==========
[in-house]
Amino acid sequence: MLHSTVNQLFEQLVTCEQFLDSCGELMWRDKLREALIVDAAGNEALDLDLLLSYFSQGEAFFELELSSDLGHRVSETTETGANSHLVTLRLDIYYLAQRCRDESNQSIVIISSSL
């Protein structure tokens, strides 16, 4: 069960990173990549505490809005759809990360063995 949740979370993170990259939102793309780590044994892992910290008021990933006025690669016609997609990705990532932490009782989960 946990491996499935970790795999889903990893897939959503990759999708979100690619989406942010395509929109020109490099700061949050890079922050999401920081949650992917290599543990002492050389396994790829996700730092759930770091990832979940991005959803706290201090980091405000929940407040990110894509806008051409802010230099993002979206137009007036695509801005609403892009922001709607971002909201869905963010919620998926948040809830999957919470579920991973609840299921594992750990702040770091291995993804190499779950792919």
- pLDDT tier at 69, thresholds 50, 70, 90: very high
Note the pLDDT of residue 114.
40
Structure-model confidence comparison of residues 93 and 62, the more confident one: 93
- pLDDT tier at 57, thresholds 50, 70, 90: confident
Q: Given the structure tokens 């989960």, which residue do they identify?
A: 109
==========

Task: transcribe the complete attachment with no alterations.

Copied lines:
[in-house]
Amino acid sequence: MLHSTVNQLFEQLVTCEQFLDSCGELMWRDKLREALIVDAAGNEALDLDLLLSYFSQGEAFFELELSSDLGHRVSETTETGANSHLVTLRLDIYYLAQRCRDESNQSIVIISSSL
């Protein structure tokens, strides 16, 4: 069960990173990549505490809005759809990360063995 949740979370993170990259939102793309780590044994892992910290008021990933006025690669016609997609990705990532932490009782989960 946990491996499935970790795999889903990893897939959503990759999708979100690619989406942010395509929109020109490099700061949050890079922050999401920081949650992917290599543990002492050389396994790829996700730092759930770091990832979940991005959803706290201090980091405000929940407040990110894509806008051409802010230099993002979206137009007036695509801005609403892009922001709607971002909201869905963010919620998926948040809830999957919470579920991973609840299921594992750990702040770091291995993804190499779950792919």
- pLDDT tier at 69, thresholds 50, 70, 90: very high
Note the pLDDT of residue 114.
40
Structure-model confidence comparison of residues 93 and 62, the more confident one: 93
- pLDDT tier at 57, thresholds 50, 70, 90: confident
Q: Given the structure tokens 């989960």, which residue do they identify?
A: 109